So how would one go about increasing profits? In the web publishing today content is once again king because of the maturing web advertising, vast improvements in hosting costs and google-inspired web indexing and searching. This was not the case in the earlier days of the web, but now you can directly convert “eyeballs” into profits. The process is rather simple: you create web pages, users visit them, you show users ads (for which you are paid). The relationship is linear – more users = more ad impressions = more money.

So, first of all, you might produce more pages. With search engines like Google, even pages that are hidden in archives of your website will still produce pageviews. The more pages you add, the more revenue you’ll get. In fact, pages with useful information, once placed online become something very dear to a capitalist’s heart – an income generating asset, the very thing that the author of Rich Dad, Poor Dad is so excited about. They are like the geese that lay golden eggs.

The cost of producing more pages comes from three sources: the cost of content – you need to pay someone to write, take pictures, etc; the cost of placing it online – “web producers”, the people who write html, create hyperlinks and optimize images draw a salary; and the cost of hosting/bandwidth – if you are hosting huge videos you costs might be more than what you can get from advertising, but if it’s just text and pictures you are golden. As you surely don’t expect the Spanish Inquisition, there’s the fourth cost: the opportunity cost of showing this content for free, instead of asking for subscription money. The main thing to remember, once the content/feature is created, the costs to keep it online and generating money is trivial.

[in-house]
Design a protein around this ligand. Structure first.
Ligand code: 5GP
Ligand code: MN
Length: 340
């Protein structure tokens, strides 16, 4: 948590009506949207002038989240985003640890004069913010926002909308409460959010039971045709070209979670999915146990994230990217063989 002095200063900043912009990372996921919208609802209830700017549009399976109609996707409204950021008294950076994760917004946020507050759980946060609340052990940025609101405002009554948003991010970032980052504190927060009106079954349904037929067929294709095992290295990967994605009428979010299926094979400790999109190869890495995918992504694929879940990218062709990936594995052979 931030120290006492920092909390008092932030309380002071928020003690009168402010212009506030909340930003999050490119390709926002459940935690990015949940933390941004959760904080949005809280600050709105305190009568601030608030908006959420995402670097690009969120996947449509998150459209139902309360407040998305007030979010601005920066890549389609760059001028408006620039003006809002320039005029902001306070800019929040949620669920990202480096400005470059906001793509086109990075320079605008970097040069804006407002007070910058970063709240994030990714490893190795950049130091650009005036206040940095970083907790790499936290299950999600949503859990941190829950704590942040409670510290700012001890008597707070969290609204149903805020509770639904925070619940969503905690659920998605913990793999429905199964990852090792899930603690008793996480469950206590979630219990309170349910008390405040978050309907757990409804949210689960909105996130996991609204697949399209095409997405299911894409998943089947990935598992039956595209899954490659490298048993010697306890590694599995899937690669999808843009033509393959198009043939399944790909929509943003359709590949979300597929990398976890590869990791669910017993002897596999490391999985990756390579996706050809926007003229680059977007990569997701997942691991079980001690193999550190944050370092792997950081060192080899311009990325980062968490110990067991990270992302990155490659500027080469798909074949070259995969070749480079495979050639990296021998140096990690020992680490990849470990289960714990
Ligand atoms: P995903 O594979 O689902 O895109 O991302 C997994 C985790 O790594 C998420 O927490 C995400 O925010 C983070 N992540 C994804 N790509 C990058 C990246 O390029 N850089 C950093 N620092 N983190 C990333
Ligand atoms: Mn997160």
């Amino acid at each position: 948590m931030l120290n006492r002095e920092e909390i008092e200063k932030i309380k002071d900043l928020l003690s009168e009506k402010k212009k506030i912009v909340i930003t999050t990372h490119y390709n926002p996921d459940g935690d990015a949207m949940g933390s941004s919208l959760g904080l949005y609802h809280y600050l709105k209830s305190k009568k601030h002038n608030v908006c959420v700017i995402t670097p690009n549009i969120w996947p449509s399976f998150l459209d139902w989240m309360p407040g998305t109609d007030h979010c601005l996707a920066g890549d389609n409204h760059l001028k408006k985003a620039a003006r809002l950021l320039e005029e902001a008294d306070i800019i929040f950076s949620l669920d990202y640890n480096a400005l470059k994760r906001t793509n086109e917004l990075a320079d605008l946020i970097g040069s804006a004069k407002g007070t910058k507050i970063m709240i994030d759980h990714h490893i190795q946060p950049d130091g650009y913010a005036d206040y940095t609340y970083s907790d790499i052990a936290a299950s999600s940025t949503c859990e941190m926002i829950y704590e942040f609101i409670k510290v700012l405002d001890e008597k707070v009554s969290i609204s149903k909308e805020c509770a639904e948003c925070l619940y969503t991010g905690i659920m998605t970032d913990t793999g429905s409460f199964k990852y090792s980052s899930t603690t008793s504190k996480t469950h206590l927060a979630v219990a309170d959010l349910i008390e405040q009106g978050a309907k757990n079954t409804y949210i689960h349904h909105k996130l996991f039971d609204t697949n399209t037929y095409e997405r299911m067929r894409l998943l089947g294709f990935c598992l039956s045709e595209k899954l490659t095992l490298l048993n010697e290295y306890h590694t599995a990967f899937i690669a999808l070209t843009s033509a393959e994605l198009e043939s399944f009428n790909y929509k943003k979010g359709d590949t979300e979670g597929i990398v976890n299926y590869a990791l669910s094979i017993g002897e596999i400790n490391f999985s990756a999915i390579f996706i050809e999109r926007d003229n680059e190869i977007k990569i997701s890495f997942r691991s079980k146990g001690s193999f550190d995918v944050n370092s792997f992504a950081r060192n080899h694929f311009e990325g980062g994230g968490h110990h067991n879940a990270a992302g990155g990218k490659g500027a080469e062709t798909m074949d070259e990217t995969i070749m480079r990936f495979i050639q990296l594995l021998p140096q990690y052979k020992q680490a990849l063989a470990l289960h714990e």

Besides producing more content, there are other ways of making more money. One might improve the relevance of ads on your pages. If you have a third party ad system, you are pretty much can’t do that. But if you have your own, you might create mechanisms for serving super-relevant ads. Sometimes you might add e-commerce capability to your content website. For instance, if you have a gadget review site, injecting opportunities to easily and cheaply buy the gadgets that you are writing about will likely bring in more more money than machine generated dumb ads.

One might create content that is more valuable to advertisers. For instance, keywords such as “mesothelioma lawyers”, “what is mesothelioma” and “peritoneal mesothelioma” generate ridiculous costs per click on Google’s AdSense. If creating content about “form of cancer that is almost always caused by previous exposure to asbestos” that is so popular with lawyers is not your piece of cake, you can create content about loans, mortgages, registering domain names, etc.